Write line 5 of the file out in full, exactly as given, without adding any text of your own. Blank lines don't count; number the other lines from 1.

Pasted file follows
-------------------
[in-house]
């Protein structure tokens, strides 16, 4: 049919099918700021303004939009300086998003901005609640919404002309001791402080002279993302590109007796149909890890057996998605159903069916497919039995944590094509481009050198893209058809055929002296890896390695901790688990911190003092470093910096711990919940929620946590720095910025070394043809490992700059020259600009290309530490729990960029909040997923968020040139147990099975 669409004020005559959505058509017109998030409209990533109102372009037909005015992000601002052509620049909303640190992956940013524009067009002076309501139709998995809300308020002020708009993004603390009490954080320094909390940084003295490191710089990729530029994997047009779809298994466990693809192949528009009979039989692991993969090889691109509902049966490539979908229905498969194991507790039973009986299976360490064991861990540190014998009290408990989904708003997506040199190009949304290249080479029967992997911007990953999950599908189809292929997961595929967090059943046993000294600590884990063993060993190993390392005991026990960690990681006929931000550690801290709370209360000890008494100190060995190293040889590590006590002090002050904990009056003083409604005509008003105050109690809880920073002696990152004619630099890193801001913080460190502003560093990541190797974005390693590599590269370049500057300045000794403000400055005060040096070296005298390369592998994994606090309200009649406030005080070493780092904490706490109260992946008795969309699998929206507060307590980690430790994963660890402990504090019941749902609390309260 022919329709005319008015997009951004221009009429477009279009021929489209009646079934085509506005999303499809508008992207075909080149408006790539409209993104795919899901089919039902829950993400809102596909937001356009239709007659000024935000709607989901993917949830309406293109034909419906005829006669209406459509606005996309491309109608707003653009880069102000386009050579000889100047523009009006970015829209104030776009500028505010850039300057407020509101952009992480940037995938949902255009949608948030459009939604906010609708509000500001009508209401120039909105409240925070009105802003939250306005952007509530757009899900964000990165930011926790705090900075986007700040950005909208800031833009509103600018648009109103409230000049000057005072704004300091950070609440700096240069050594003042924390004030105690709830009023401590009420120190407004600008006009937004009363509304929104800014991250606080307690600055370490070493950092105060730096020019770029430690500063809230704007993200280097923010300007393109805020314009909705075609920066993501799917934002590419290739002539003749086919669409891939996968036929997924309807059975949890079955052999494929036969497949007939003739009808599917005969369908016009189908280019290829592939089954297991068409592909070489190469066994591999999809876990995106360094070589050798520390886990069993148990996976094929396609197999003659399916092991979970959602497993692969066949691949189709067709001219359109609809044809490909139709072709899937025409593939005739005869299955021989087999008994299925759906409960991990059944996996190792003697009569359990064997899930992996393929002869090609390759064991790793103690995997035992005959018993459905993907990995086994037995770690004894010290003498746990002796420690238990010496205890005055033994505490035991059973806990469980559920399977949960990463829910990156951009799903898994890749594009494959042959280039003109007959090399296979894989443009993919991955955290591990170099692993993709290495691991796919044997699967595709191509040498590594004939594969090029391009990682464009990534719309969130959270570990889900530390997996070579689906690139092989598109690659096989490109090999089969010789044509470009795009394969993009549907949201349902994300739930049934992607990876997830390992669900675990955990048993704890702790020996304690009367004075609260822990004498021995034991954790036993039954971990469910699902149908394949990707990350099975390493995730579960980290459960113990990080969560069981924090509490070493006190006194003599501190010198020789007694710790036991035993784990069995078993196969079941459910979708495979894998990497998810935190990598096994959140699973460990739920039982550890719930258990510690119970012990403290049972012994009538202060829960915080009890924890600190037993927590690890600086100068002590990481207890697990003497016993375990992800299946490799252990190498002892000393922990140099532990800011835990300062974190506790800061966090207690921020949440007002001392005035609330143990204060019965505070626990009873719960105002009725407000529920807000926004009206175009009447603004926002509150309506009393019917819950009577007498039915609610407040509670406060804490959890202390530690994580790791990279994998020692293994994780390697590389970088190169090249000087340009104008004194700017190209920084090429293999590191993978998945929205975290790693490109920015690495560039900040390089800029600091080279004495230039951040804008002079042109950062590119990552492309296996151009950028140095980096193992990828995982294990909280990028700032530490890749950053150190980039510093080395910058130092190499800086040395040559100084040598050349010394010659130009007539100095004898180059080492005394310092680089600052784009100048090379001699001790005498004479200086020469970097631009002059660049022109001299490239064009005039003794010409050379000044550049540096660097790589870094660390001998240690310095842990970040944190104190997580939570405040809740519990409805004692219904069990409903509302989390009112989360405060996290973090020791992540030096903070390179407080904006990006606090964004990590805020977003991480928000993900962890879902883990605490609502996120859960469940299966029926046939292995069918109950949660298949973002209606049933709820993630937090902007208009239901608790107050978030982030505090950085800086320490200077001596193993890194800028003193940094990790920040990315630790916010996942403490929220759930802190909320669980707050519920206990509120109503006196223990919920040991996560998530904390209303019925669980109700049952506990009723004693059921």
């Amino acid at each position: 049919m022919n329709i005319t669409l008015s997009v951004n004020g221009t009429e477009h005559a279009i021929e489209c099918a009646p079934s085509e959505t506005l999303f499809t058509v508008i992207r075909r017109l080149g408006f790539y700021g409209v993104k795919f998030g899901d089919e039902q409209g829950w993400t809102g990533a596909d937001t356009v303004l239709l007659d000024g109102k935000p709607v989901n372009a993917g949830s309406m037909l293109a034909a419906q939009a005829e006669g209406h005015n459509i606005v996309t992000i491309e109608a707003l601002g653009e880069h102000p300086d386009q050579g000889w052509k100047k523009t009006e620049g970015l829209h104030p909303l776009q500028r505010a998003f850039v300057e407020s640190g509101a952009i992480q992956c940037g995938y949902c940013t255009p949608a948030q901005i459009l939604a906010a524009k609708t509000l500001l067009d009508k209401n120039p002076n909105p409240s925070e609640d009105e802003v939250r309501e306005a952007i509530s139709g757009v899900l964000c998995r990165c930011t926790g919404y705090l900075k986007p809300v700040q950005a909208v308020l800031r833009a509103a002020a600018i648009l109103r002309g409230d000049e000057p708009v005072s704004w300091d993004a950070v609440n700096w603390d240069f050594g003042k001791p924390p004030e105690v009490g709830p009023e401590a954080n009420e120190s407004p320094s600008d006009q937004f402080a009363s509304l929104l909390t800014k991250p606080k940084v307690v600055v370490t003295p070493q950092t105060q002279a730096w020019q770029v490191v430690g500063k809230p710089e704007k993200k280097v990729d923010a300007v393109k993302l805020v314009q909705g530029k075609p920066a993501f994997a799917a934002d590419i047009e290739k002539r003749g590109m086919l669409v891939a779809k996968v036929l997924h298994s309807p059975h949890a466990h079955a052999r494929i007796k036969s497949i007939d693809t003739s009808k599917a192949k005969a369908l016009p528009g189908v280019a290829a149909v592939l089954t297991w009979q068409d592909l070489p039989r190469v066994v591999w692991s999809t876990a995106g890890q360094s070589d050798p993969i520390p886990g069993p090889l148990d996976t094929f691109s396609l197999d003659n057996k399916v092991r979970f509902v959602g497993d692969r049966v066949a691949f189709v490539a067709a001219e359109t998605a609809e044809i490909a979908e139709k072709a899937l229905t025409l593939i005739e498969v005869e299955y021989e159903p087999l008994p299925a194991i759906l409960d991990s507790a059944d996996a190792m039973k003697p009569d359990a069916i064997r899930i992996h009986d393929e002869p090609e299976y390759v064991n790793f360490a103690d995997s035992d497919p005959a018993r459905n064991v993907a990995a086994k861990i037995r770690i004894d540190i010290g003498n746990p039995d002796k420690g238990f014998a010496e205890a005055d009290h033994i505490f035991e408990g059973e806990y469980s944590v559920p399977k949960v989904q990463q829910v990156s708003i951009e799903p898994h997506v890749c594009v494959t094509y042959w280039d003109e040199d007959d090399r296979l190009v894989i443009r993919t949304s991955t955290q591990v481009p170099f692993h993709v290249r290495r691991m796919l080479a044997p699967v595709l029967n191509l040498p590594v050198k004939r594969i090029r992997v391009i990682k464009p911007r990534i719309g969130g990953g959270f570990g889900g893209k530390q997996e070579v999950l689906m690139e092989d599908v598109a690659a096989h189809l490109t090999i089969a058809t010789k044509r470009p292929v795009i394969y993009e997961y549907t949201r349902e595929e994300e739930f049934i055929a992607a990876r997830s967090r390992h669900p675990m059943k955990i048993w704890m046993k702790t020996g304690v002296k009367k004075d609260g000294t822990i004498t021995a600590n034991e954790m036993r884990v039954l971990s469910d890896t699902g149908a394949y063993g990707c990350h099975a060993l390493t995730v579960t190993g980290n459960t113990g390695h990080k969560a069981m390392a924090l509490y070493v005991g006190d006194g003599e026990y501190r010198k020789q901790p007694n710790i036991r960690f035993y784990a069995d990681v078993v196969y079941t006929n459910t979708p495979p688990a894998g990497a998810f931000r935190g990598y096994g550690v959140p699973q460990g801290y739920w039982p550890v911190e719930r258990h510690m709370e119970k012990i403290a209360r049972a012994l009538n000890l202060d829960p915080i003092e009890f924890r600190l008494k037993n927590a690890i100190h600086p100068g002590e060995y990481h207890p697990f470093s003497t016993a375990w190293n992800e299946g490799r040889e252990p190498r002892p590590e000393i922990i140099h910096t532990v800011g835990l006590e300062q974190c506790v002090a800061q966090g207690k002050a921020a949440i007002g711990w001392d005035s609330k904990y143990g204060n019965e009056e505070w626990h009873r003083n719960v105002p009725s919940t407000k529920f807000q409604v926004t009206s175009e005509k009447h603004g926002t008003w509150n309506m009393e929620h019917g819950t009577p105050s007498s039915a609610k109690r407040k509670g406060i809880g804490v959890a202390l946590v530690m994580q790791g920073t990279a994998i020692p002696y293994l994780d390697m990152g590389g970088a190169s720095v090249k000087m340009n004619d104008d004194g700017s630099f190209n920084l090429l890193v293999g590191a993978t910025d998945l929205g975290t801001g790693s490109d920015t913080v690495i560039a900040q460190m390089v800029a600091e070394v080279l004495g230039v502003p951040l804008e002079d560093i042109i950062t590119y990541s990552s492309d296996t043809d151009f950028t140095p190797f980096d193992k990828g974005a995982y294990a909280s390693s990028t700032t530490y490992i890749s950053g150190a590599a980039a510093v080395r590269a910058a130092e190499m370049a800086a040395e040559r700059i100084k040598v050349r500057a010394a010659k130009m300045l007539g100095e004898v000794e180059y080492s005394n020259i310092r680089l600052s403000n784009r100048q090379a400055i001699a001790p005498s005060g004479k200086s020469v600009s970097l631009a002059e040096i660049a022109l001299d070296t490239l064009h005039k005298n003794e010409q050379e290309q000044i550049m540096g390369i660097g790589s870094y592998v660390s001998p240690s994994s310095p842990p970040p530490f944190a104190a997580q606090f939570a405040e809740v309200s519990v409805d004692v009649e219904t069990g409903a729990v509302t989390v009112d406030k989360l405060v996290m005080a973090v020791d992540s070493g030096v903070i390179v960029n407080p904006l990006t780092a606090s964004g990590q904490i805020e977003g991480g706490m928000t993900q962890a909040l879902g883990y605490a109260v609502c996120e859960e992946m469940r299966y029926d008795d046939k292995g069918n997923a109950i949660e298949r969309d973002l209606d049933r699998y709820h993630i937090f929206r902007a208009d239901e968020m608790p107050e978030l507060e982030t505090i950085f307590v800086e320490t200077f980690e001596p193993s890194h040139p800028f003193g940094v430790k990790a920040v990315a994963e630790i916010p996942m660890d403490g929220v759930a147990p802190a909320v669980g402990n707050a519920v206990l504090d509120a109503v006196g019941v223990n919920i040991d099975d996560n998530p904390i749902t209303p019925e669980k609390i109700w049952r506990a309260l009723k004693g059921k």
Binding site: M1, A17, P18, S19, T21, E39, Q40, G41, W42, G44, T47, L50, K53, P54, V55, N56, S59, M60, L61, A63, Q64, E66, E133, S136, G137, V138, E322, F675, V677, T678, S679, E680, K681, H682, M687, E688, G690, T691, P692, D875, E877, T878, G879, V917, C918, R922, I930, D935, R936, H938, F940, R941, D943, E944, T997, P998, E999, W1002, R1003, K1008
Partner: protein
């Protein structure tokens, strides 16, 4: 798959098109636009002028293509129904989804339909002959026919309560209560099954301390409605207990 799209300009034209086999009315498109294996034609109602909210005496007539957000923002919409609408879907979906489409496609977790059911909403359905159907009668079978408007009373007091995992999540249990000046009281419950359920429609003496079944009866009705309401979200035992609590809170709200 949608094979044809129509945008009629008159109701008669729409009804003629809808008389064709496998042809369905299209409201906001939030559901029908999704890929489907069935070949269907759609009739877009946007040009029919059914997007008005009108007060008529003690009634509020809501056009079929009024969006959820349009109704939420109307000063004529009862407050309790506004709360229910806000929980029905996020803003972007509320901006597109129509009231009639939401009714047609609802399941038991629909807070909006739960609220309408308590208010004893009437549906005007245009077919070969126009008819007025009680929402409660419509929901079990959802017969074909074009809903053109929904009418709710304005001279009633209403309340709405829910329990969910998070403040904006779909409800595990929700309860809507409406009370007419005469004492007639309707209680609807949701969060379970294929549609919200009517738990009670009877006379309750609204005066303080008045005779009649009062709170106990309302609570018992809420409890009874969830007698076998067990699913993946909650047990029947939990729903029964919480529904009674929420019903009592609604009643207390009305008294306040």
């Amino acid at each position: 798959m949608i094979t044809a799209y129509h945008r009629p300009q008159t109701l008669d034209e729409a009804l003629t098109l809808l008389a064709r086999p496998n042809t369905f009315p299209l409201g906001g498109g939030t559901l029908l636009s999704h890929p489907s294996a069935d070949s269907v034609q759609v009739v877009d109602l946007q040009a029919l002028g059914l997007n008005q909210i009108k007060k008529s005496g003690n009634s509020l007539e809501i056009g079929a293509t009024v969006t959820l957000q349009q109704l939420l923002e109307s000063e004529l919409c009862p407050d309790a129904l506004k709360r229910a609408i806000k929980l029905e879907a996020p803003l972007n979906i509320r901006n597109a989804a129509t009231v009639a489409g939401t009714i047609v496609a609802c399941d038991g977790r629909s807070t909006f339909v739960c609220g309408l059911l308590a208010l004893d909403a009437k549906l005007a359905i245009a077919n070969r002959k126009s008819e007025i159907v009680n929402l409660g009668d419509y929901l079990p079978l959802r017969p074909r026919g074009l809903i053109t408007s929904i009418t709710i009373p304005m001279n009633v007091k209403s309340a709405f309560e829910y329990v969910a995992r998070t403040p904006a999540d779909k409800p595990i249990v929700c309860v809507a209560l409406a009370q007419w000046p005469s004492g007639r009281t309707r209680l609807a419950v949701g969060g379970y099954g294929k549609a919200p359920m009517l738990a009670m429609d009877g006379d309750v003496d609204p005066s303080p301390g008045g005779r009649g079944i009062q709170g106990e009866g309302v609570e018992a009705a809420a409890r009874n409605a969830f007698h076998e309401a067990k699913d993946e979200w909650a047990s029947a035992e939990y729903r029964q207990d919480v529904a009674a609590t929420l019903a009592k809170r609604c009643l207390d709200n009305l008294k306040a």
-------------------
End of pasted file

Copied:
Partner: protein